80 – 17 = 63 | 9 |

63 – 19 = 44 | 10 |

44 – 21 = 23 | 11 |

23 – 23 = 0 | 12 |

**Example 5**: Find the square root of 225 using the repeated subtraction method.

Starting with 225, subtract successive odd numbers until reaching zero. The number of subtractions performed is 15, so the square root of 225 is 15.

Number | Sequence |
---|---|

225 – 1 = 224 | 1 |

224 – 3 = 221 | 2 |

221 – 5 = 216 | 3 |

216 – 7 = 209 | 4 |

209 – 9 = 200 | 5 |

200 – 11 = 189 | 6 |

189 – 13 = 176 | 7 |

176 – 15 = 161 | 8 |

161 – 17 = 144 | 9 |

144 – 19 = 125 | 10 |

125 – 21 = 104 | 11 |

104 – 23 = 81 | 12 |

81 – 25 = 56 | 13 |

56 – 27 = 29 | 14 |

29 – 29 = 0 | 15 |

**Example 6**: Find the square root of 169 by the method of repeated subtraction

Starting with 169, subtract successive odd numbers until reaching zero. The number of subtractions performed is 13, so the square root of 169 is 13.

Number | Sequence |
---|---|

169 – 1 = 168 | 1 |

168 – 3 = 165 | 2 |

165 – 5 = 160 | 3 |

160 – 7 = 153 | 4 |

153 – 9 = 144 | 5 |

144 – 11 = 133 | 6 |

133 – 13 = 120 | 7 |

120 – 15 = 105 | 8 |

105 – 88 = 88 | 9 |

88 – 19 = 69 | 10 |

69 – 21 = 48 | 11 |

48 – 23 = 25 | 12 |

25 – 25 = 0 | 13 |

### How to Find the Square Root by Division Method

The long division method is commonly used to find square roots of larger numbers. It involves a step-by-step process of dividing the given number into smaller parts and finding the square root digit by digit. This method requires precision and practice to execute accurately.

**Example 1**: Find the square root of 81 using the long division method.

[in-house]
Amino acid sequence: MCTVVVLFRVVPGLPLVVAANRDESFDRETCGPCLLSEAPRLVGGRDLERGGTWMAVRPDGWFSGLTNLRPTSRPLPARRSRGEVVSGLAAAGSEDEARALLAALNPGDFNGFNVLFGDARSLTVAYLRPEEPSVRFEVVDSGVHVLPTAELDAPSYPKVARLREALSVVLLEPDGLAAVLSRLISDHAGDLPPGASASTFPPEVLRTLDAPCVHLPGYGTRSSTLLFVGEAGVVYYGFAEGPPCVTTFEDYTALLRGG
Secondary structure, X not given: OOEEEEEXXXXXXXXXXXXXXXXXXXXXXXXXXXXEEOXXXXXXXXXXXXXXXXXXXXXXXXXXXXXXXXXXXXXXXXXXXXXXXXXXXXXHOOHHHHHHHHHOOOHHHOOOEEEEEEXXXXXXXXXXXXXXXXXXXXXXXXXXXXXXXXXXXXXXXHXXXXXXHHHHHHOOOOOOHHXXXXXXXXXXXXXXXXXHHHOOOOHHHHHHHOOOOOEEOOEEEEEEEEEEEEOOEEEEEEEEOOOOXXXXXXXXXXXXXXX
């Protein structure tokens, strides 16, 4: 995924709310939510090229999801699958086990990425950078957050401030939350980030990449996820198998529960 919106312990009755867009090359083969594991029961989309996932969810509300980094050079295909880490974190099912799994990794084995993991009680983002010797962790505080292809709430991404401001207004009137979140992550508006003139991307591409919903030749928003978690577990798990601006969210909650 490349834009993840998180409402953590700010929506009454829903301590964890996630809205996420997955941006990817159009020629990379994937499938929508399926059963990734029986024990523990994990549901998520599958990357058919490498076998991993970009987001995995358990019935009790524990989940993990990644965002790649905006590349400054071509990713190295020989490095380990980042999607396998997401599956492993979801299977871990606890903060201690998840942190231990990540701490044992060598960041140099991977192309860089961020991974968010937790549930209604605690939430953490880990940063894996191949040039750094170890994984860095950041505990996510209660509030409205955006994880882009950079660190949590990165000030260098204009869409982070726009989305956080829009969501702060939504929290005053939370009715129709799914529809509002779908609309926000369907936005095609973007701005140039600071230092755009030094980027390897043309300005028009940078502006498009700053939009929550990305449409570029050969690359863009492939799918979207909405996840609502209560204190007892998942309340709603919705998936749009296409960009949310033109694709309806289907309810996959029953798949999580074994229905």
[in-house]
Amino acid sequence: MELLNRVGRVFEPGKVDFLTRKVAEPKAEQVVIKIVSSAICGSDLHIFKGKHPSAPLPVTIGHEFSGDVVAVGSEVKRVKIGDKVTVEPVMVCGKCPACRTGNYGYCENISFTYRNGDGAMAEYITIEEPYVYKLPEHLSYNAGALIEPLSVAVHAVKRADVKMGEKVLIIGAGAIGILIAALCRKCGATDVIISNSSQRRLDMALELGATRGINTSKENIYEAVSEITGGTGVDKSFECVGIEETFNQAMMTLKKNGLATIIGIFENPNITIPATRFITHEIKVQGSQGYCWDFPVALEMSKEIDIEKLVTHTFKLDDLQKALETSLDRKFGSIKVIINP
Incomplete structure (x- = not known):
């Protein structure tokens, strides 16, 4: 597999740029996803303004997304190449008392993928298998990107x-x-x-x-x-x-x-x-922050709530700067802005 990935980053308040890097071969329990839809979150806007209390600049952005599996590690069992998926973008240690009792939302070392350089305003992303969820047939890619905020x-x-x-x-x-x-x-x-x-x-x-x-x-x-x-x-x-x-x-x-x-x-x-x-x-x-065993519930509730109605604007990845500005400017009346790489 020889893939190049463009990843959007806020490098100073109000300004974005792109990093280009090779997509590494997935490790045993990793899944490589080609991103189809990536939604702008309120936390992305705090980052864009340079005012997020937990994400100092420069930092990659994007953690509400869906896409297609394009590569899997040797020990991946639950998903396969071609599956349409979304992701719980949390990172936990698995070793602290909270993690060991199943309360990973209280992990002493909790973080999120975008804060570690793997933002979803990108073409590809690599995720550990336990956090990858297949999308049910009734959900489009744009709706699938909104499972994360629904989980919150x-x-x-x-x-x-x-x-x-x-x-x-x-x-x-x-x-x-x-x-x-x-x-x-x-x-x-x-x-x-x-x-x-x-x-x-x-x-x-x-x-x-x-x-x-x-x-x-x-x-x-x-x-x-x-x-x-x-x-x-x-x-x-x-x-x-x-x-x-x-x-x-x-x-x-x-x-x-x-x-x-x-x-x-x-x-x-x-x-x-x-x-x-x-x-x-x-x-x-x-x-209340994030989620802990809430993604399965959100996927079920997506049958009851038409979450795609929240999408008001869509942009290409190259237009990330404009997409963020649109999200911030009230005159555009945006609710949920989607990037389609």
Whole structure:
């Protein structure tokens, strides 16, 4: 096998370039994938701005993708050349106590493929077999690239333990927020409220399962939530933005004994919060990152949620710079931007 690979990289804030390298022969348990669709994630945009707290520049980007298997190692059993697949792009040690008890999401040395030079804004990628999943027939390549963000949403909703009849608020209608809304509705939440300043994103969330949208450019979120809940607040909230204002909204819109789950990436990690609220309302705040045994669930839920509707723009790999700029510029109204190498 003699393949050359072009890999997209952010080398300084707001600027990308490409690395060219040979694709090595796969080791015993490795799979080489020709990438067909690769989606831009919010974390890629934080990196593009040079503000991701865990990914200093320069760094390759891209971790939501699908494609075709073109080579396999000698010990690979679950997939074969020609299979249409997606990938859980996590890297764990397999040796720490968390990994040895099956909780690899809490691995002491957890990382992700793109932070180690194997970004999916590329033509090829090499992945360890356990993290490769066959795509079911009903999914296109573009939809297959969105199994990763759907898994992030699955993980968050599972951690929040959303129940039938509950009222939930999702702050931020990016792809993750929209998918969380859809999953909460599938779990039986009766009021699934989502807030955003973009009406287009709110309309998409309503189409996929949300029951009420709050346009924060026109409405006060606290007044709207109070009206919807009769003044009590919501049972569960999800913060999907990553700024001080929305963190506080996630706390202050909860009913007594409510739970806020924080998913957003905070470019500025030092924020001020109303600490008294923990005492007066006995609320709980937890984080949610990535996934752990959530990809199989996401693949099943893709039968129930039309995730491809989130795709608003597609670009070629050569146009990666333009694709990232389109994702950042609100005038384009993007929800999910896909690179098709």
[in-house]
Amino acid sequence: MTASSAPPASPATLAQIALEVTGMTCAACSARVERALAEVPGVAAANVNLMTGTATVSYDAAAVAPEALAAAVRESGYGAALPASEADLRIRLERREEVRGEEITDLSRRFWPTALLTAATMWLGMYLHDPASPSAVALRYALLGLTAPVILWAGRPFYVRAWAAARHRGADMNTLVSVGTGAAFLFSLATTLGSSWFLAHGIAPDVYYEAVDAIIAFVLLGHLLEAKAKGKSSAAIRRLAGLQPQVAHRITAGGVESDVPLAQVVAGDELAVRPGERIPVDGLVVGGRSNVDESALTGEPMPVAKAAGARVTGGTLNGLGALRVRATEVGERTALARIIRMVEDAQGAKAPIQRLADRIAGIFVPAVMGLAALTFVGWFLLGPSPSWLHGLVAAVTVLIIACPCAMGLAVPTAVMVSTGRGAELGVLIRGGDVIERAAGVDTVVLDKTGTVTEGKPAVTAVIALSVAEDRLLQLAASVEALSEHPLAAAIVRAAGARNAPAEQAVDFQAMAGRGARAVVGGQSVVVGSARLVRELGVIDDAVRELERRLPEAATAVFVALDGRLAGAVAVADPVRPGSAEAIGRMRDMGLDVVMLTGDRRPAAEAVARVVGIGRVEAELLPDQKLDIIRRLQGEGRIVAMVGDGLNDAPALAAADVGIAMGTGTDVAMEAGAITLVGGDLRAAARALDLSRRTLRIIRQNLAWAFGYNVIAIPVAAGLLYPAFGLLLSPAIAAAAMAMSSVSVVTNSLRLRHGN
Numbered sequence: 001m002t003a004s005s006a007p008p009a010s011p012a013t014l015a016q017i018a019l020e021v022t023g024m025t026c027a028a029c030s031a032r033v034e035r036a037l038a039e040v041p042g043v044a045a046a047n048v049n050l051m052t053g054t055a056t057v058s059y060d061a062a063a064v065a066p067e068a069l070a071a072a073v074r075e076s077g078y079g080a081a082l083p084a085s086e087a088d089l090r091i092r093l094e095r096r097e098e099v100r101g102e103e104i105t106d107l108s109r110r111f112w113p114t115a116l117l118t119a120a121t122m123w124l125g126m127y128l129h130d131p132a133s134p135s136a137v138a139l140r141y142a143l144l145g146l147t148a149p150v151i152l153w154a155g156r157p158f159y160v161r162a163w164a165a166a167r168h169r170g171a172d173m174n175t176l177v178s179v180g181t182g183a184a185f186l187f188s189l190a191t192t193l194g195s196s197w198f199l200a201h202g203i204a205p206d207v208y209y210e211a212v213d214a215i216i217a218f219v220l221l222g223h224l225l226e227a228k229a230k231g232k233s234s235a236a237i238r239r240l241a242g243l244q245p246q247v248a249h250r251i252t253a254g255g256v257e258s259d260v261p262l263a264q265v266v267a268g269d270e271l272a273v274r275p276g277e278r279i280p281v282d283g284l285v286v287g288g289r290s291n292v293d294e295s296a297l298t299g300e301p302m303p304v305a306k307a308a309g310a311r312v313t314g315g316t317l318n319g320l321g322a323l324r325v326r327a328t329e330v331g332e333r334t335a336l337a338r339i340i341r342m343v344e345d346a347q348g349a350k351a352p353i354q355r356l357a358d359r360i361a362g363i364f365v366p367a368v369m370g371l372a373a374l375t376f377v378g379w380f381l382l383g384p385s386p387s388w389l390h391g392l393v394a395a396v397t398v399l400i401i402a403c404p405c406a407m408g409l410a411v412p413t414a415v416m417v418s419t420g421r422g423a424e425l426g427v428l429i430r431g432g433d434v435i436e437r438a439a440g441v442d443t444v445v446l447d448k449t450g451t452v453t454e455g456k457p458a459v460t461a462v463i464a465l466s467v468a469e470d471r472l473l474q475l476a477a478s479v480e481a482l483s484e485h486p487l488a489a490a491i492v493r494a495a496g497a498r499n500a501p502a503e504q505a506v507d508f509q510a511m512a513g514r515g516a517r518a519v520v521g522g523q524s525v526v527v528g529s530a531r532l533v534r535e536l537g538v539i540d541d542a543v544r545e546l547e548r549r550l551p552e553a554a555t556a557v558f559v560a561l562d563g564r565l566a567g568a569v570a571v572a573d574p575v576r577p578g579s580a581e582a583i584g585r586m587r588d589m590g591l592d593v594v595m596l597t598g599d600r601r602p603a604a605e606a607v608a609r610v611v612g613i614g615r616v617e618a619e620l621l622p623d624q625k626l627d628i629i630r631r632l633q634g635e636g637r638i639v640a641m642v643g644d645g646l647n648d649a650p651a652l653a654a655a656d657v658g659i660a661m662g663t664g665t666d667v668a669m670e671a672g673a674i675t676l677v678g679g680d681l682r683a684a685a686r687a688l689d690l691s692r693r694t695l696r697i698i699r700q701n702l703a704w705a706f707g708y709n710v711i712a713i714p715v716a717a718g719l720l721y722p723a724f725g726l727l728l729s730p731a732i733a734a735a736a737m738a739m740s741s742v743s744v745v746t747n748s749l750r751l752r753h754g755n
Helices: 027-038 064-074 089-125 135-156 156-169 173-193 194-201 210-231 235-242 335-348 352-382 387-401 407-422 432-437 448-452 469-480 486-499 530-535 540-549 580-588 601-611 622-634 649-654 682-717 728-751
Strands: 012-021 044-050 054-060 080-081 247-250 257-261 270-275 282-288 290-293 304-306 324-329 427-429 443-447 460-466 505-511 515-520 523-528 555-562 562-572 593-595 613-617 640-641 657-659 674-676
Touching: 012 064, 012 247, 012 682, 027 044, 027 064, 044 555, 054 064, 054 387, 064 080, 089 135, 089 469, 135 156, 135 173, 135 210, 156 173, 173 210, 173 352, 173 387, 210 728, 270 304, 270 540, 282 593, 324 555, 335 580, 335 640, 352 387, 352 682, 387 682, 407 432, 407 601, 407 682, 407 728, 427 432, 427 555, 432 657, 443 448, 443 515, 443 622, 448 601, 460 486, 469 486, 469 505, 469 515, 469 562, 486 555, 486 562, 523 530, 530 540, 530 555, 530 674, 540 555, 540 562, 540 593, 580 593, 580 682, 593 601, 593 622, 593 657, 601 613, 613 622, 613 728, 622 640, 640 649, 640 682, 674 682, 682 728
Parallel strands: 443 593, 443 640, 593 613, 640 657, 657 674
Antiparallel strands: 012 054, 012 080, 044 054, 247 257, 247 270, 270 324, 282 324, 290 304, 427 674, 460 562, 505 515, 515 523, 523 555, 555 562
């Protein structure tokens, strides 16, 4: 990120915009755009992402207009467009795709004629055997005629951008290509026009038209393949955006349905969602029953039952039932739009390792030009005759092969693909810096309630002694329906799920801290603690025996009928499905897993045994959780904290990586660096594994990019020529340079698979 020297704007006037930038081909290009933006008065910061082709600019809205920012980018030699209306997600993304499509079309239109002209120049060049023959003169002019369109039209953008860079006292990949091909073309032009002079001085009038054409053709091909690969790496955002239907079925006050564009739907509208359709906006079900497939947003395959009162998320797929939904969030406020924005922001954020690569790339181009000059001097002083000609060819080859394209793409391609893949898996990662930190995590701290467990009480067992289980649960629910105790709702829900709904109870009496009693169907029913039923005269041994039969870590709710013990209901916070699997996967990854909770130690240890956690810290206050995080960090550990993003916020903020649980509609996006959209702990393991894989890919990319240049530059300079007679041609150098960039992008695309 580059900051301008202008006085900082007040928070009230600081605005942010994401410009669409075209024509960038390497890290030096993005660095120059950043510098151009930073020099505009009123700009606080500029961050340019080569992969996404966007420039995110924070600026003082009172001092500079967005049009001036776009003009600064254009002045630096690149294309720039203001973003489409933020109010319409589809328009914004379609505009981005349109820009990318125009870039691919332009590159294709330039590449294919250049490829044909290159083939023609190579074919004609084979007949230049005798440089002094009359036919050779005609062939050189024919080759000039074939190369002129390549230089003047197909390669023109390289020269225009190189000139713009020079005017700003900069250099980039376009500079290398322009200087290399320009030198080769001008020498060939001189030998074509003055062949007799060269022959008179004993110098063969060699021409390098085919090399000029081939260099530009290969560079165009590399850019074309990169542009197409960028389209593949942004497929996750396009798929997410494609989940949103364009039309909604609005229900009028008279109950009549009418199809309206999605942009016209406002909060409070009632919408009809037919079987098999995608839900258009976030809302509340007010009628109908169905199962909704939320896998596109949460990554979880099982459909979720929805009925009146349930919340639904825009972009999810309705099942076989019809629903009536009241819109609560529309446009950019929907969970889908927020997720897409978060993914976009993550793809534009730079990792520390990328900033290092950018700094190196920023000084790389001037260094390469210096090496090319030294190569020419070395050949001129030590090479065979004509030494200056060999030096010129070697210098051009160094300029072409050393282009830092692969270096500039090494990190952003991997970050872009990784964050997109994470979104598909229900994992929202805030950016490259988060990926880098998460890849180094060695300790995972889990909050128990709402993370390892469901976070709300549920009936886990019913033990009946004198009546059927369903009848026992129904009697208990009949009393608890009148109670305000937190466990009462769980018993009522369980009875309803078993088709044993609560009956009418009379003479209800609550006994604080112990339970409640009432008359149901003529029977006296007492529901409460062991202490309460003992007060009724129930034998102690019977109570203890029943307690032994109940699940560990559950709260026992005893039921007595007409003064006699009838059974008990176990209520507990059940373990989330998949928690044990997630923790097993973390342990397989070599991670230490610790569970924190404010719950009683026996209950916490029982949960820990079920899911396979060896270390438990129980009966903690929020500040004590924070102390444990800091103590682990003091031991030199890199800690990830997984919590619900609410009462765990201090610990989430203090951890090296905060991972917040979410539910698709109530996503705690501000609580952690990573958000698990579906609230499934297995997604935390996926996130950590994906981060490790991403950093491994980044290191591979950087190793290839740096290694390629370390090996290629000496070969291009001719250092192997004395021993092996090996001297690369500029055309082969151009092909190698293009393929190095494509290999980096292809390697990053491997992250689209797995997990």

To find the square root of 81 using the long division method, follow these steps:

**Step 1**: Start by grouping the digits of the number into pairs from right to left. For 81, we have 8 and 1.

**Step 2**: Find the largest digit ‘x’ such that when ‘x’ is multiplied by itself, the result is less than or equal to 8. In this case, ‘x’ is 2 because 2 * 2 = 4, which is less than 8.

**Step 3**: Write the digit ‘x’ as the first digit of the square root. So, the square root starts with 2.

**Step 4**: Subtract the product of the digit ‘x’ and itself (2 * 2 = 4) from the first pair of digits (8 – 4 = 4). Write the result below the line.

**Step 5**: Bring down the next pair of digits, which is 1.

**Step 6**: Double the current digit on top and write it next to the result. In this case, 2 doubled 4. Write 4 next to the 4 on the line.

**Step 7**: Find the largest digit ‘y’ that can be placed at the end of the current result, such that when the new number formed by the current result and ‘y’ is multiplied by ‘y’, the result is less than or equal to 41. In this case, ‘y’ is 9 because 49 * 9 = 441, which is less than 410.

**Step 8**: Write the digit ‘y’ as the next digit of the square root. So, the square root now becomes 29.

**Step 9**: Repeat steps 4 to 8 until all the digits have been brought down and processed.

**Step 10**: Once the division is complete, the result is the square root of the number. In this case, the square root of 81 is 9.

Therefore, the square root of 81 using the long division method is 9.

**Example 2**: Find the square root of 144 using the long division method.

To find the square root of 144 using the long division method, follow these steps:

Step 1: Start by grouping the digits of the number into pairs from right to left. For 144, we have 1 and 44.